SimScale CAE Forum

Running OpenFoam checkMesh -writeAllFields on a SimScale .h5m or .vtu mesh file


#2

Hey Dale,

Forwarded your question - let’s see what you can achieve here.

Best,

Jousef


#3

Hello Dale,
Although is far from ideal, the easiest thing you could do is set up a simple CFD analysis, run 1 time step and download the results (that obviously contains the mesh in Openfoam format).

Best

Edoardo


#4

Hi Edoardo,

LOL, Ric beat me in testing your idea…

Unfortunately, the ‘Standard’ solver not only saves meshes in different formats, but seems to generate a different TET mesh between ‘Static’ FEA and ‘CFD’ simulations… Ric said the CFD version mesh with same settings had a different number of cells :frowning:

We are on a track the lets us think we can do a conversion of the .h5m mesh into a format that OpenFoam checkmesh likes…

Dale


#5

Hey,

I was trying to help Dale on this one. Just to give an example of FEA and CFD standard meshes:

A standard mesh made under an incompressible analysis:


And a standard mesh made under a static analysis:

Do you think there’s a way to somehow grab the “static” mesh and use it for an incompressible analysis? I tried to download and upload it, but this .h5m format is not accepted


#6

Hi all,

Agreed on if there is a way to translate h5m files to something that checkmesh can be used on would be great. Since working with snappyhex, tet meshes are not able to be used when they are needed. For example if i have a super complex geometry but I just want to get a mesh using the tet cells, no way to do a checkmesh to determine what is erroneous.

Cheers everyone.


#7

Ric, have you made any progress on that MOAB install into BlueCFD that we talked about?


#8

Nop, after documenting it I didn’t try other options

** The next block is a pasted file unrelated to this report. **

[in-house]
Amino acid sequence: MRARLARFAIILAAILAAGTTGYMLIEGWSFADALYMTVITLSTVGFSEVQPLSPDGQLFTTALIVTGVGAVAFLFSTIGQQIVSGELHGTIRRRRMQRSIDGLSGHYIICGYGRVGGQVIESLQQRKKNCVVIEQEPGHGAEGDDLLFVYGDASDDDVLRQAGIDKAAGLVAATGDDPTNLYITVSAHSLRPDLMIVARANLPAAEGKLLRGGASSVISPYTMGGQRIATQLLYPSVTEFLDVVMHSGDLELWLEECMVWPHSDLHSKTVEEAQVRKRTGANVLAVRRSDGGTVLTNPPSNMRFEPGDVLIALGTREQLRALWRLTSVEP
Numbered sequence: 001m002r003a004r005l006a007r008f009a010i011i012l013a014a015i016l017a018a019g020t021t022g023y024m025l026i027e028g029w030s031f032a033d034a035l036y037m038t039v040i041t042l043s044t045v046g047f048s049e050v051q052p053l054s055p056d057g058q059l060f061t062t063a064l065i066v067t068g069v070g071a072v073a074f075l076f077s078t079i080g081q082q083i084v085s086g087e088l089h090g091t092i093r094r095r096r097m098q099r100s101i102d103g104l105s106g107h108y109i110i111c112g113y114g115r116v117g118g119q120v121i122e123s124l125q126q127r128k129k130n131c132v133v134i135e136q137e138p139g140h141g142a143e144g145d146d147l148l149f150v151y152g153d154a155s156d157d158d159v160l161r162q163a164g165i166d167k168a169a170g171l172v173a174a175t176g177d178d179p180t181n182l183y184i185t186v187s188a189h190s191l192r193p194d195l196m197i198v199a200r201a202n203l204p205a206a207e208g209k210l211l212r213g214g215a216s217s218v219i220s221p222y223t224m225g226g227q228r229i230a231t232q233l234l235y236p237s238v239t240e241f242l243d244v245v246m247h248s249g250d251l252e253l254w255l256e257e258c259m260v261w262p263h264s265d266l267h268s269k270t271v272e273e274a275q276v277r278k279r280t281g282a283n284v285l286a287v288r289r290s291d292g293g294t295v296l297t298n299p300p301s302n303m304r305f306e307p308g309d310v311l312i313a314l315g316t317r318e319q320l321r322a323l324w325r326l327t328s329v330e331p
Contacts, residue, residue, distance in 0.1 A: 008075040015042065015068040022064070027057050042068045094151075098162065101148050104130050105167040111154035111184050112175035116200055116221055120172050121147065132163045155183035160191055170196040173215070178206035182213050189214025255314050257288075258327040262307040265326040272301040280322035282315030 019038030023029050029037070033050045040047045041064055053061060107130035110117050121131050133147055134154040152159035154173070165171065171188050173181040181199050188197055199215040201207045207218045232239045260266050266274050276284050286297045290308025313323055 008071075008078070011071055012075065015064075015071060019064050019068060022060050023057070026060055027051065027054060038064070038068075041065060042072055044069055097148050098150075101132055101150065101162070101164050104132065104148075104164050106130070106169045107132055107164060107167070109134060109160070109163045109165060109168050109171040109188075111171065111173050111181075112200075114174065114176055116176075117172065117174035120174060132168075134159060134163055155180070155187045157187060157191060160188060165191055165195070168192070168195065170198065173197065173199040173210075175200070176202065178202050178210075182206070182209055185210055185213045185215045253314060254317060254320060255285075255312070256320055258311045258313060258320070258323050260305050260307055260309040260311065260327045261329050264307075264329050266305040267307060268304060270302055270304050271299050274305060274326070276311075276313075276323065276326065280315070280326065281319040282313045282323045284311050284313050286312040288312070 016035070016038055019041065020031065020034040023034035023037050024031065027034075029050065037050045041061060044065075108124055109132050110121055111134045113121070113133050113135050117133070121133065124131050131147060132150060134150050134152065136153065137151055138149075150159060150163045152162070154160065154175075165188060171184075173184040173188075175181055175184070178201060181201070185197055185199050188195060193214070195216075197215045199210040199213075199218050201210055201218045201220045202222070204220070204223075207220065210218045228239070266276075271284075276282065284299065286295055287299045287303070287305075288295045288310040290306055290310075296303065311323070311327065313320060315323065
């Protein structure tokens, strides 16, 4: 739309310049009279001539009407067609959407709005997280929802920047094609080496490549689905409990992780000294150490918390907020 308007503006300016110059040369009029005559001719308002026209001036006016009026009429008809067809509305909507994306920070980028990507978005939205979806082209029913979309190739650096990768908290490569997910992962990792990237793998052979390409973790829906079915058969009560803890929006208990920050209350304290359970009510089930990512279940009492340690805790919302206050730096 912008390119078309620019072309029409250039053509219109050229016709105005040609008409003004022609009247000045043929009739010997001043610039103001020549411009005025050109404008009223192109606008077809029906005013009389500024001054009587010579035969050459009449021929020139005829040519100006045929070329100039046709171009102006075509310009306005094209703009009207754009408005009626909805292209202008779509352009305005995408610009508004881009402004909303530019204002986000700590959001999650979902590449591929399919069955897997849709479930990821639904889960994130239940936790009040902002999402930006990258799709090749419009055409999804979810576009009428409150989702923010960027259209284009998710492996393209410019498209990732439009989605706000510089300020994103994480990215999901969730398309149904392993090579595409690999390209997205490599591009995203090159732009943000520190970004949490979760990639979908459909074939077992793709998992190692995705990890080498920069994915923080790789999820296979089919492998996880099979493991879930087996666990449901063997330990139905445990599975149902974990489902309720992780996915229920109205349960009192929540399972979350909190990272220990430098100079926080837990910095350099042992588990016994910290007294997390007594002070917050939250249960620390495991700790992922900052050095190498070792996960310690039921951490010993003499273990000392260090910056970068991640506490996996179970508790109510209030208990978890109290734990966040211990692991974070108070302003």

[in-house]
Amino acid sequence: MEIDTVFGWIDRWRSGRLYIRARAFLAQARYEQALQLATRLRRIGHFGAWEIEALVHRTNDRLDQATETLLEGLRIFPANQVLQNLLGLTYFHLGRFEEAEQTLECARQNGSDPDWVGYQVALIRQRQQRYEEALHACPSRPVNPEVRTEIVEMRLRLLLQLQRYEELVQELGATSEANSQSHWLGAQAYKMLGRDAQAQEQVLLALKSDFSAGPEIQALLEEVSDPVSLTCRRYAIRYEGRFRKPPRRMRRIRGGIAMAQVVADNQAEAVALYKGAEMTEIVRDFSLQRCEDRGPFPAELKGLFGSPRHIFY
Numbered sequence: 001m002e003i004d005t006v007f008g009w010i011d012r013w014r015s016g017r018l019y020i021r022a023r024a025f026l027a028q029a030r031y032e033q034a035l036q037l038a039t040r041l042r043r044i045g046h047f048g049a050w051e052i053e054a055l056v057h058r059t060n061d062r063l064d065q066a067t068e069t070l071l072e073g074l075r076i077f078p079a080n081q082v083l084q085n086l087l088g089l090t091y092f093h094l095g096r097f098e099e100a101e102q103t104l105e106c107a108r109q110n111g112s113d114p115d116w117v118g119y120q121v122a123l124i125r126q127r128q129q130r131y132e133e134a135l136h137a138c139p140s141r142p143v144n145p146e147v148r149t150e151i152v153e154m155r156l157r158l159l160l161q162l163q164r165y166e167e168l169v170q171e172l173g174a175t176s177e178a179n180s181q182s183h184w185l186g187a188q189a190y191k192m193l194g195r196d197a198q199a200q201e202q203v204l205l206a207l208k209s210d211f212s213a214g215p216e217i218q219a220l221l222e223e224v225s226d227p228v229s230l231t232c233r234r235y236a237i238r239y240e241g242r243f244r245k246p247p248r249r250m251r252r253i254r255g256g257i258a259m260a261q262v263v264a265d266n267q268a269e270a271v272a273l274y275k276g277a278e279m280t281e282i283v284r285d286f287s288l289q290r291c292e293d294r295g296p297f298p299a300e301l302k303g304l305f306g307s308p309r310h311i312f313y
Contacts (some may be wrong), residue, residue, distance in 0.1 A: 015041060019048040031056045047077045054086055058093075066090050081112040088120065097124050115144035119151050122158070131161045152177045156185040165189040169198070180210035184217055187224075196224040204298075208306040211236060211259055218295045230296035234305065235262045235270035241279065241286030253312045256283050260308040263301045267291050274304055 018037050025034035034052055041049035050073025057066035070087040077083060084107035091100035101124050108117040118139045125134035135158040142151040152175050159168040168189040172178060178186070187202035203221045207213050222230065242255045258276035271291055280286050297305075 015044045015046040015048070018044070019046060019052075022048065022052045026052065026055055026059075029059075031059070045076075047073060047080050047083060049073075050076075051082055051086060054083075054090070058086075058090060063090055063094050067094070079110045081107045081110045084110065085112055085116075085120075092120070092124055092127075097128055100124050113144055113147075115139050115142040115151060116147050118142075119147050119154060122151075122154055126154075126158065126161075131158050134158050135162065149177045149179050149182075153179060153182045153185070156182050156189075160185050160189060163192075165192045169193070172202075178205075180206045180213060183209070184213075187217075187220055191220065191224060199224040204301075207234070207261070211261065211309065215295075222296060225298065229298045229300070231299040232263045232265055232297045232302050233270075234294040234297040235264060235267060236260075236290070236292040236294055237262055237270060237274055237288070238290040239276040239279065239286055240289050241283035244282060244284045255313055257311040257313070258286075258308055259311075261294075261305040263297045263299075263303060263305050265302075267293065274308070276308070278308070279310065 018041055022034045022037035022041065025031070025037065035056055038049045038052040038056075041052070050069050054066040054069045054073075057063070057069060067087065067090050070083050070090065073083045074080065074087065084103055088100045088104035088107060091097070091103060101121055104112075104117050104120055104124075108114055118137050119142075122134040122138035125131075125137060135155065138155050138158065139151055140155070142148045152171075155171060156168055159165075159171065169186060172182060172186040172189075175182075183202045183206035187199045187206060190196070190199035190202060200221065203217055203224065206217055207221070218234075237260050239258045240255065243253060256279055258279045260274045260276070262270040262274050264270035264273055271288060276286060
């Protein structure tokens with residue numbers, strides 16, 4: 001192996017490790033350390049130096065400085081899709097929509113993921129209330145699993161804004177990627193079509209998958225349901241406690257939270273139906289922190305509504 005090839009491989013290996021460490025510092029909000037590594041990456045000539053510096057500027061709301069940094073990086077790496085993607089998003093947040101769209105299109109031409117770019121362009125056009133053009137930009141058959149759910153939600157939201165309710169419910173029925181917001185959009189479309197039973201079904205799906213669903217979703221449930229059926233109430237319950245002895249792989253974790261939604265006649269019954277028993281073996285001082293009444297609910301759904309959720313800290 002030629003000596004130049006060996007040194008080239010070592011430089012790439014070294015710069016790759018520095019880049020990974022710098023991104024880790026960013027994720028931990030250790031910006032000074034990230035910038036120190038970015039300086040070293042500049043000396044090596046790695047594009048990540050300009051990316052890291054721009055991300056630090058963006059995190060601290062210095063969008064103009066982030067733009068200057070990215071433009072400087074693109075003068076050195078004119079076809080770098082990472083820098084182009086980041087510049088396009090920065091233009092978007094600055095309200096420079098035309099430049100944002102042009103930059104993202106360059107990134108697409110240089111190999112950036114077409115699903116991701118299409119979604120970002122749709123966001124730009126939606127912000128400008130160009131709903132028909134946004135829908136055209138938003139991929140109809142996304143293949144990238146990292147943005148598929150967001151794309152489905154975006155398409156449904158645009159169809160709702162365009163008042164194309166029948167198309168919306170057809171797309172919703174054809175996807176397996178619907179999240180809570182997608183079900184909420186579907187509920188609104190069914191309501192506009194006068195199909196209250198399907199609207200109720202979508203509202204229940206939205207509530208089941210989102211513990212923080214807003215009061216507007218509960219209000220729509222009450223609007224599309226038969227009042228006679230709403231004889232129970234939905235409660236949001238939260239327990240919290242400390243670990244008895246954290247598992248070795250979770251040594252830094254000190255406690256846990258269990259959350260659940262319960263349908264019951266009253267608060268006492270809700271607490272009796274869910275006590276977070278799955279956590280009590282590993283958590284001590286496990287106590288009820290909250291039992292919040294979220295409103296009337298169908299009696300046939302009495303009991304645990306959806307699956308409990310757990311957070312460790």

#9

Ok then, continuing our quest for .h5m conversion is still on our ‘ToDo’ list …

Unless there is a Linux/C++/GCC expert watching this topic who can build MOAB for use in BlueCFD :pray:

Here is what is at the top of a blueCFD window:
’Setting environment for OpenFOAM 5.x mingw-w64 Double Precision (of5-64), using MSMPI71’

And Mingw-w64 is created to support the GCC compiler on Windows systems.

The killing issue right now in the MOAB build process is that there is no ‘autoreconf’ available in the blueCFD terminal window :sob:


#10

A couple of months ago @DaleKramer and I found a way to run checkMesh on tet meshes used in CFD analysis (it doesn’t work for FEA meshes).

For tet meshes, you need to download the results of a full run (even a 1 iteration run should work). For hex meshes, downloading the mesh file also works.

So after downloading the zip file with the results, you have to extract it to a folder. The folder should look like this:

image

Using a “Windows version” of OF (blueCFD) you can do the following:

  • Change the directory to the mesh folder that you want to analyze. The command should look like this (depending on where your folder is):

image

For the folder from the picture above, the command would be:

image

  • Then simply run:

checkMesh